2.50
Hdl Handle:
http://hdl.handle.net/10755/155180
Type:
Presentation
Title:
Using GIS Technology to Understand Mental Health Care Needs in the Community
Abstract:
Using GIS Technology to Understand Mental Health Care Needs in the Community
Conference Sponsor:Sigma Theta Tau International
Conference Year:2009
Author:Chen, Huey J., PhD, APRN-BC
P.I. Institution Name:Georgia State University
Title:Unmet Service Need in Relation to Trust in Health Care Provider Among Different Racial/Ethnic Groups
[Research Presentation] Purpose: The need to care for the mentally ill has risen nationally over the last decades. According to SAMHSA reports, there were only about half of a million health care professionals to meet the needs of a population almost 400 times the amount. Poverty and geographic locations also contribute to difficulty in accessing health services. The purpose of this study is to explore the availability and geographical distribution of mental health care providers in relation to community socioeconomic conditions in two urban counties in the Atlanta Metropolitan area.    Methods: This study uses various data sources including US census data and provider data sets. The US Census data is used to identify number of individuals in poverty and/or disabled conditions as a proxy for needing mental health care within the tract.  Provider addresses are geocoded to identify the census track information which is used to compute ratio of mental health providers and population in the area and determinate level of accessibility to mental health services.  Additionally, GIS technology is used to visually display the map of the geographical distribution of disabled population and mental health providers. Results: Mental health providers are more likely to locate in those tracts with lower poverty rates (p <.01).  Individuals with mental disabilities are more likely to reside in areas with high poverty rates. Individuals with mental disabilities are also more likely to reside in areas with low provider to population ratio (r=-.155, p < .01)Conclusion: Results of this study can provide insight for health administrators, health policymakers to determine the needs of attracting and recruiting qualified mental health care providers for the shortage areas, and for health educators to rethink about expanding the education programs to recruit and produce more mental health care providers based on the community needs.
Repository Posting Date:
26-Oct-2011
Date of Publication:
17-Oct-2011
Sponsors:
Sigma Theta Tau International

Full metadata record

DC FieldValue Language
dc.typePresentationen_GB
dc.titleUsing GIS Technology to Understand Mental Health Care Needs in the Communityen_GB
dc.identifier.urihttp://hdl.handle.net/10755/155180-
dc.description.abstract<table><tr><td colspan="2" class="item-title">Using GIS Technology to Understand Mental Health Care Needs in the Community</td></tr><tr class="item-sponsor"><td class="label">Conference Sponsor:</td><td class="value">Sigma Theta Tau International</td></tr><tr class="item-year"><td class="label">Conference Year:</td><td class="value">2009</td></tr><tr class="item-author"><td class="label">Author:</td><td class="value">Chen, Huey J., PhD, APRN-BC</td></tr><tr class="item-institute"><td class="label">P.I. Institution Name:</td><td class="value">Georgia State University</td></tr><tr class="item-author-title"><td class="label">Title:</td><td class="value">Unmet Service Need in Relation to Trust in Health Care Provider Among Different Racial/Ethnic Groups</td></tr><tr class="item-email"><td class="label">Email:</td><td class="value">hchen17@gsu.edu</td></tr><tr><td colspan="2" class="item-abstract">[Research Presentation] Purpose: The need to care for the mentally ill has risen nationally over the last decades. According to SAMHSA reports, there were only about half of a million health care professionals to meet the needs of a population almost 400 times the amount. Poverty and geographic locations also contribute to difficulty in accessing health services.&nbsp;The purpose of this study is to explore the availability and geographical distribution of mental health care providers in relation to community socioeconomic conditions in two urban counties in the Atlanta Metropolitan area. &nbsp;&nbsp; Methods: This study uses various data sources including US census data and provider data sets. The US Census data is used to identify number of individuals in poverty and/or disabled conditions as a proxy for needing mental health care within the tract. &nbsp;Provider addresses are geocoded to identify the census track information which is used to compute ratio of mental health providers and population in the area and determinate level of accessibility to mental health services. &nbsp;Additionally, GIS technology is used to visually display the map of the geographical distribution of disabled population and mental health providers. Results: Mental health providers are more likely to locate in those tracts with lower poverty rates (p &lt;.01). &nbsp;Individuals with mental disabilities are more likely to reside in areas with high poverty rates. Individuals with mental disabilities are also more likely to reside in areas with low provider to population ratio (r=-.155, p &lt; .01)Conclusion: Results of this study can provide insight for health administrators, health policymakers to determine the needs of attracting and recruiting qualified mental health care providers for the shortage areas, and for health educators to rethink about expanding the education programs to recruit and produce more mental health care providers based on the community needs.</td></tr></table>en_GB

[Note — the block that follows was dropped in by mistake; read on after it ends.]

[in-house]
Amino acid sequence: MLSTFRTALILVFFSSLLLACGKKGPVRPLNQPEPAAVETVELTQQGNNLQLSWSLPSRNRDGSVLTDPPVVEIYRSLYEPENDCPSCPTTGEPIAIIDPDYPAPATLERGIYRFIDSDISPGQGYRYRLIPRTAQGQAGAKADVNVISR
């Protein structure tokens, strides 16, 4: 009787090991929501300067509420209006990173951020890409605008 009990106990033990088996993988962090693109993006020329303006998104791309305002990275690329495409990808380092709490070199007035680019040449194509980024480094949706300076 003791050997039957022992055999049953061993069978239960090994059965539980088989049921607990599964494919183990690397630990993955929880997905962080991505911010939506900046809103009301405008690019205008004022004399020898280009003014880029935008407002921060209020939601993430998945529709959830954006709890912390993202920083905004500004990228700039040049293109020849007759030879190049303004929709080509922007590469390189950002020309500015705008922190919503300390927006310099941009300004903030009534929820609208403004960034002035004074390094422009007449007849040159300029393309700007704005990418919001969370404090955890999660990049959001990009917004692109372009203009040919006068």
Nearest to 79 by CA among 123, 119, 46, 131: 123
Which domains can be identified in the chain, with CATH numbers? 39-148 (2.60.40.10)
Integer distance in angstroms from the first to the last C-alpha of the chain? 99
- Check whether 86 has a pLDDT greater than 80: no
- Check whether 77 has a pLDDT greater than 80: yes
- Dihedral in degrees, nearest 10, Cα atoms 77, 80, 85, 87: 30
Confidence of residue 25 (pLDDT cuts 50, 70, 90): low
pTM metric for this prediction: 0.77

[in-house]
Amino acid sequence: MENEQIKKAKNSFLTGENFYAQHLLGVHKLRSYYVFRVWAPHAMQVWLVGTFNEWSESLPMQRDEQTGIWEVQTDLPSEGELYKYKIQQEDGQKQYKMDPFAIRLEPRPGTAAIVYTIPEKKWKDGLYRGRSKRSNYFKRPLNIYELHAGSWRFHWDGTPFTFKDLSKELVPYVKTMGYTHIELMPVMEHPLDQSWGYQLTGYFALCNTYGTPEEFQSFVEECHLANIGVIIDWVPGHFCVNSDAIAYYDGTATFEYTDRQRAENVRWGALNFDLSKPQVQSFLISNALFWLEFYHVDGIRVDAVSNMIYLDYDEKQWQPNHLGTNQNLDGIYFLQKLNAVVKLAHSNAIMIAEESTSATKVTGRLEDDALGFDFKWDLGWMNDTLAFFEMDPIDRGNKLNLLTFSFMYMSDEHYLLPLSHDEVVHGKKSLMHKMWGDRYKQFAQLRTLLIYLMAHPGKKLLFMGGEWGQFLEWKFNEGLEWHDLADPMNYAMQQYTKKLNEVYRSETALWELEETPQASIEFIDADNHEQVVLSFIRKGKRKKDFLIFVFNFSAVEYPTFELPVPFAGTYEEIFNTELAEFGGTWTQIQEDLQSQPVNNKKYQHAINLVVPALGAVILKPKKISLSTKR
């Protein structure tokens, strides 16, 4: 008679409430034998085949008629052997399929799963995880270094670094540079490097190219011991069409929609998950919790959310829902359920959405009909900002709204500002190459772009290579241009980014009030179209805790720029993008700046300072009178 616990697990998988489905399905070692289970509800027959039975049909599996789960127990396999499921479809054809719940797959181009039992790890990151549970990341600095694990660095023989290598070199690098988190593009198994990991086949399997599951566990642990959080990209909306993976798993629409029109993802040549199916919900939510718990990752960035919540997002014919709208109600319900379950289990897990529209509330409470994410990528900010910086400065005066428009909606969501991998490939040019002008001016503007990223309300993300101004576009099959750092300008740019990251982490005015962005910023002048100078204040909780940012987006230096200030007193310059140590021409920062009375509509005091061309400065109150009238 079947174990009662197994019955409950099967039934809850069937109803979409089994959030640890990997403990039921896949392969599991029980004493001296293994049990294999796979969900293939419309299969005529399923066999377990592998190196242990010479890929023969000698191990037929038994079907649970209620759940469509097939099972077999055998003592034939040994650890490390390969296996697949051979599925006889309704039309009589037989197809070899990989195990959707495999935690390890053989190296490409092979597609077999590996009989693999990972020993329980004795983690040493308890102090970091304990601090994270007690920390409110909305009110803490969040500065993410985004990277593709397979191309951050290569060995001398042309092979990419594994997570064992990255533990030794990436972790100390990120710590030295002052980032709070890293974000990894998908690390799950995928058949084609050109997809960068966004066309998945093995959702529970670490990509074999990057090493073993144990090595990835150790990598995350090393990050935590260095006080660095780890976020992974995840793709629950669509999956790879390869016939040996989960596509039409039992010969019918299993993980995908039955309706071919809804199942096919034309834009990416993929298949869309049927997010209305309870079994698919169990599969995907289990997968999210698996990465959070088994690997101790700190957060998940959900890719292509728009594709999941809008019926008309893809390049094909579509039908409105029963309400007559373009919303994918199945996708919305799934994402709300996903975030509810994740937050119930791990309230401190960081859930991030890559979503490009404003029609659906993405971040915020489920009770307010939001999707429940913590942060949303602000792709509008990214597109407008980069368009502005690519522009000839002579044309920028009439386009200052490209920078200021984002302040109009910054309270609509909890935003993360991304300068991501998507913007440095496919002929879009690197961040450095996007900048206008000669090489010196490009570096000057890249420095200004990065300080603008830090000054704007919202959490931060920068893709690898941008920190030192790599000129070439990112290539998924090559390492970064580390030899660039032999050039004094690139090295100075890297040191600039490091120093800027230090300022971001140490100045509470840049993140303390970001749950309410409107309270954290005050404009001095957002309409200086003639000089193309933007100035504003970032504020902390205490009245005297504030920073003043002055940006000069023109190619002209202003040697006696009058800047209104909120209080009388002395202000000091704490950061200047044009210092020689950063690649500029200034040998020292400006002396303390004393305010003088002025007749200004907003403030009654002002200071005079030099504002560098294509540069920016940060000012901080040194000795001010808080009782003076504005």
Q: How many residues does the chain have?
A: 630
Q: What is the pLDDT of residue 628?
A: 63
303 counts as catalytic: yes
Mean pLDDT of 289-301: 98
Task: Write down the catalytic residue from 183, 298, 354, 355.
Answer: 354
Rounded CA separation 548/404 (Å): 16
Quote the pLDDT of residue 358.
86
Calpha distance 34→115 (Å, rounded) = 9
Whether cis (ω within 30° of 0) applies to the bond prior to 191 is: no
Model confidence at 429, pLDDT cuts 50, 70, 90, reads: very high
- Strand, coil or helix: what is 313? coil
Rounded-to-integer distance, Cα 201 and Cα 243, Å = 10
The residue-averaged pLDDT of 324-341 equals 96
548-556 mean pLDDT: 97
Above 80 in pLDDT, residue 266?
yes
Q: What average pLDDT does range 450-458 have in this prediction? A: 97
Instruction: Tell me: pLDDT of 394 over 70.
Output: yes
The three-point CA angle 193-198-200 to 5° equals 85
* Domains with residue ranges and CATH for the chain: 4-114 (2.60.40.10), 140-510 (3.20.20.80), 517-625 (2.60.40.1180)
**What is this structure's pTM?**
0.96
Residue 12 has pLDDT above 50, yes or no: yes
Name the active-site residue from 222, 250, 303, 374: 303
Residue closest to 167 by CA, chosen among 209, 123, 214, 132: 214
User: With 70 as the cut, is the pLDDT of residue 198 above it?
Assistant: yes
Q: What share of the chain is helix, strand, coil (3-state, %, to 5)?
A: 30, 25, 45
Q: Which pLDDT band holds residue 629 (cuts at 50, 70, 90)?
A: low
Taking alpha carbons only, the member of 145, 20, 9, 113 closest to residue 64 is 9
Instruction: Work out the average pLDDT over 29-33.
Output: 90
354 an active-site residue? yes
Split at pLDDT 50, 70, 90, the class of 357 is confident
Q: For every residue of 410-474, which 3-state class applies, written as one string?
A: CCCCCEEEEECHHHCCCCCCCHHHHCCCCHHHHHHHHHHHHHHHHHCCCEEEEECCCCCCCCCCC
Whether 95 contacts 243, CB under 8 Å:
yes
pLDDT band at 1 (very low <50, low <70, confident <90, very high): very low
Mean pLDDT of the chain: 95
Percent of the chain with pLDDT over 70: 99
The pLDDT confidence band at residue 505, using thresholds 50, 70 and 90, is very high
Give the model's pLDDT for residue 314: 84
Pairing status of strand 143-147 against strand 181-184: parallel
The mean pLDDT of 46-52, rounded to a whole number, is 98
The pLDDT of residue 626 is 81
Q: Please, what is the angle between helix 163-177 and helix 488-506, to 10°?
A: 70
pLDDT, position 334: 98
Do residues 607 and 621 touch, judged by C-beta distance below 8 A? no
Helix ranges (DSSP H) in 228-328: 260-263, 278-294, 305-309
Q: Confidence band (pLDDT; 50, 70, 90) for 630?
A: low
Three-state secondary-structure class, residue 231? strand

dc.date.available2011-10-26T13:36:39Z-
dc.date.issued2011-10-17en_GB
dc.date.accessioned2011-10-26T13:36:39Z-
dc.description.sponsorshipSigma Theta Tau Internationalen_GB
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